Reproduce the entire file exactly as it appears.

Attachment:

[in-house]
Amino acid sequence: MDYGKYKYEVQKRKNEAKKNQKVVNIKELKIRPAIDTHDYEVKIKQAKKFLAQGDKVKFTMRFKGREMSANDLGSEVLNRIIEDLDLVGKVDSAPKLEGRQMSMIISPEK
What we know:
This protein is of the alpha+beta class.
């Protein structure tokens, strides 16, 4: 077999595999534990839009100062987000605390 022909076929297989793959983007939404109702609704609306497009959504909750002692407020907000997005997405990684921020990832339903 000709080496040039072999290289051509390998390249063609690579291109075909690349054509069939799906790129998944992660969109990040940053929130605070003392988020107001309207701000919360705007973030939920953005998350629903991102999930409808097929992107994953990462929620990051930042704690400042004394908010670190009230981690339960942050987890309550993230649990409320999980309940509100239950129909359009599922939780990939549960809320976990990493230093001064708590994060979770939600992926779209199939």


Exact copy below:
[in-house]
Amino acid sequence: MDYGKYKYEVQKRKNEAKKNQKVVNIKELKIRPAIDTHDYEVKIKQAKKFLAQGDKVKFTMRFKGREMSANDLGSEVLNRIIEDLDLVGKVDSAPKLEGRQMSMIISPEK
What we know:
This protein is of the alpha+beta class.
């Protein structure tokens, strides 16, 4: 077999595999534990839009100062987000605390 022909076929297989793959983007939404109702609704609306497009959504909750002692407020907000997005997405990684921020990832339903 000709080496040039072999290289051509390998390249063609690579291109075909690349054509069939799906790129998944992660969109990040940053929130605070003392988020107001309207701000919360705007973030939920953005998350629903991102999930409808097929992107994953990462929620990051930042704690400042004394908010670190009230981690339960942050987890309550993230649990409320999980309940509100239950129909359009599922939780990939549960809320976990990493230093001064708590994060979770939600992926779209199939």